Cattle, commercial exhibits and crowds at World Dairy Expo
It’s been a long time, but not so long as to preclude many folks who attended the first one in 1967 to still be around for the 54th year of World Dairy Expo. I’m one of those because as a young TV farm director at WFRV-TV in Green Bay, my interest was ag news.
As I remember, there were big displays of cheese and other dairy and food products along with seminars and famous chefs. Then there was the big time evening entertainment.
No one came
The only problem, very few people showed up for any of the attractions. At the time I (and the show officials) were wondering why the crowds didn’t come. In retrospect I’ve concluded: City consumers seldom came to events perceived as farm shows and most city consumers worked during the day and probably didn’t take vacation to come to a food show; Farm folks didn’t come because they already knew all about food – after all, they raised the food in the first place; And finally, the event was probably ahead of its time – until fairly recently people didn’t much care where food came from or who raised it (unlike today). Besides, they probably had a family member on a farm and visited them regularly, so already knew a lot about food.
Food out, cows in
Whatever the reason, the World Food Expo died after a few years but through the efforts of a devoted group of agricultural folks (farmers and business people) the new and different World Dairy Expo featuring dairy cows came to be.
World Dairy Expo is indeed about dairy cattle. Over 2,300 individual animals spent over a week encamped in their temporary home in the New Holland Pavilion at the Alliant Energy Center in the township of Madison. They were pampered by their owners, competed in the show ring in the Dane County Coliseum and were petted and ooed and aahed over by city folks who find this once-a-year event an opportunity to get up close to a cow.
I often wonder what the animals think as they travel far from their home barns, spend many hours on a truck, drink different water and are washed, clipped, brushed and shined to a gleaming finish over about a nine-day period.
Although they say nothing and never change expression, their owners sort of agree – as do I – that they enjoy the whole process, especially when they see (and feel) their cow or heifer perk up her ears and strut proudly into the show ring. The answer is one of those mysteries of life perhaps best understood by the person (professional or beginner) at the halter. You must see it to understand.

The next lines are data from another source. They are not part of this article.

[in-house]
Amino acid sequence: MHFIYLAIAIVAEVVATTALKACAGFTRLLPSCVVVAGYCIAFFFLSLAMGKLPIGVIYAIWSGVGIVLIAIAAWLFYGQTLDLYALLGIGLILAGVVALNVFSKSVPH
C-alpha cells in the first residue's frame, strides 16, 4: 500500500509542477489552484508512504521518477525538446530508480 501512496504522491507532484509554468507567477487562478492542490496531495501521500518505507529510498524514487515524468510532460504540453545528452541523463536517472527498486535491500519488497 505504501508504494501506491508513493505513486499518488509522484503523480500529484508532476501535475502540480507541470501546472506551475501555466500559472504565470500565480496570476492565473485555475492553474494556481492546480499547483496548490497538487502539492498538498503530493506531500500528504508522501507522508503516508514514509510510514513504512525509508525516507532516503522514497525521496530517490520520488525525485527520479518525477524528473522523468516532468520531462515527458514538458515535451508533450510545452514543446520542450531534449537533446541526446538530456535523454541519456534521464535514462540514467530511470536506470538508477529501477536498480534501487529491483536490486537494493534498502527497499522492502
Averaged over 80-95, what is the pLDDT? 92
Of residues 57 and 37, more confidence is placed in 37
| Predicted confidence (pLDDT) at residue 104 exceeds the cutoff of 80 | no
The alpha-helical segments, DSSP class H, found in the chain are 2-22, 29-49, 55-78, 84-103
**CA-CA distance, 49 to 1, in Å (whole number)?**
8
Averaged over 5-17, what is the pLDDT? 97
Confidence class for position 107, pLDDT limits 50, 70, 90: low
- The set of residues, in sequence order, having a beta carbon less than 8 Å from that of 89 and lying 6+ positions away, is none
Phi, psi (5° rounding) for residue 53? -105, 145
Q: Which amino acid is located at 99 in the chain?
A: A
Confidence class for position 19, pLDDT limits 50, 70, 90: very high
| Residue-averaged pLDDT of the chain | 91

Not for two years
There hasn’t been a Dairy Expo since 2019 because of the pandemic so one might look at 2021 as the ‘‘comeback year" – a year with many questions. Would the dairy cattle return to the show ring? Would the commercial vendors again fill the several exhibition spaces? The farmer visitors come to to look, see and learn?
It seems at this early date that the answers to each is “yes” with some modifications. The cattle were most certainly there in full force – obviously they were eagerly waiting for the big show. The commercial vendor numbers were down a bit but most reclaimed their spaces with some switching because of the newly added Exhibit Space tent erected in part of the outdoor exhibit area. Although the crowd was smaller, several commercial exhibitors told me that was probably due to Covid concerns which was not unexpected.
A great return
All in all, it appears that Dairy Expo made a glorious comeback after a year off but as a group of exhibitors at a major booth told me: “Next year - if the pandemic is gone - will give us a better idea of the future of Dairy Expo. There a fewer farmers every day and social media is getting stronger in the marketing phase of dairy agriculture. But our company will keep coming in support of our dairy customers.”
It was a good year at World Dairy Expo and I’m guessing next year will be even better.
John Oncken can be reached at firstname.lastname@example.org or 608-837-7406.